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Behav Anal Pract. 2017 Feb 27;10(2):97-106. doi: 10.1007/s40617-016-0161-9. eCollection 2017 Jun.

Normative Emotional Responses to Behavior Analysis Jargon or How Not to Use Words to Win Friends and Influence People.

Author information

1
Department of Psychology, Illinois State University, Normal, IL 61761 USA.
2
Elon University, Elon, NC USA.
3
University of Kansas, Lawrence, KS USA.
4
Queens College, Flushing, NY USA.
5
University of Iowa Hospitals and Clinics, Iowa City, IA USA.
6
Better Life Behavioral Services of Central Florida, Leesburg, FL USA.

Abstract

It has been suggested that non-experts regard the jargon of behavior analysis as abrasive, harsh, and unpleasant. If this is true, excessive reliance on jargon could interfere with the dissemination of effective services. To address this often discussed but rarely studied issue, we consulted a large, public domain list of English words that have been rated by members of the general public for the emotional reactions they evoke. Selected words that behavior analysts use as technical terms were compared to selected words that are commonly used to discuss general science, general clinical work, and behavioral assessment. There was a tendency for behavior analysis terms to register as more unpleasant than other kinds of professional terms and also as more unpleasant than English words generally. We suggest possible reasons for this finding, discuss its relevance to the challenge of deciding how to communicate with consumers who do not yet understand or value behavior analysis, and advocate for systematic research to guide the marketing of behavior analysis.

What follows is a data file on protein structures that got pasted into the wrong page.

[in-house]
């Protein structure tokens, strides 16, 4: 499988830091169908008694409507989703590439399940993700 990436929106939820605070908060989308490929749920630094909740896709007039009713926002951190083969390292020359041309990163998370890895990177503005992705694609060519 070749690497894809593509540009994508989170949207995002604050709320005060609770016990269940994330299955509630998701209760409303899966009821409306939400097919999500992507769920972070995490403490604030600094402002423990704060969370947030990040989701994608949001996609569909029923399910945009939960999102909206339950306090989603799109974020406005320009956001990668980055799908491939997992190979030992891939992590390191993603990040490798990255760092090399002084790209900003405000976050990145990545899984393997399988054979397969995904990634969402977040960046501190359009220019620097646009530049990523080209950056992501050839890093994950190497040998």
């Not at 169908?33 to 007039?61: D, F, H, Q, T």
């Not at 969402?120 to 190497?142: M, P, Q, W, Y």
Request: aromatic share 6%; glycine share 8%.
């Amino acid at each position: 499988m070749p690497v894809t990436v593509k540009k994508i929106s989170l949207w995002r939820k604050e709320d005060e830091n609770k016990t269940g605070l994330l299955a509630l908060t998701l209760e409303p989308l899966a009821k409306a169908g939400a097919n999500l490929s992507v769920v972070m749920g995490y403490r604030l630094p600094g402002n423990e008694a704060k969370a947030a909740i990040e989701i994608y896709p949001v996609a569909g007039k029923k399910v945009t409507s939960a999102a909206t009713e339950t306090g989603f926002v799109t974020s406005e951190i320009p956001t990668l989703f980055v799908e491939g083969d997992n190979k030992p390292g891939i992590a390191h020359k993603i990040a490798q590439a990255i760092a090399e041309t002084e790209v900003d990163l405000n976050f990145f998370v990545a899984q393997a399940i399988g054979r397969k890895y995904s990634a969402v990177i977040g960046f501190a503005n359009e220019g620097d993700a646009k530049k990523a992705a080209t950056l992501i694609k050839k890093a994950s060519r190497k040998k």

KEYWORDS:

Behavior analysis terminology; Dissemination; Emotion; Jargon; Motivating operations

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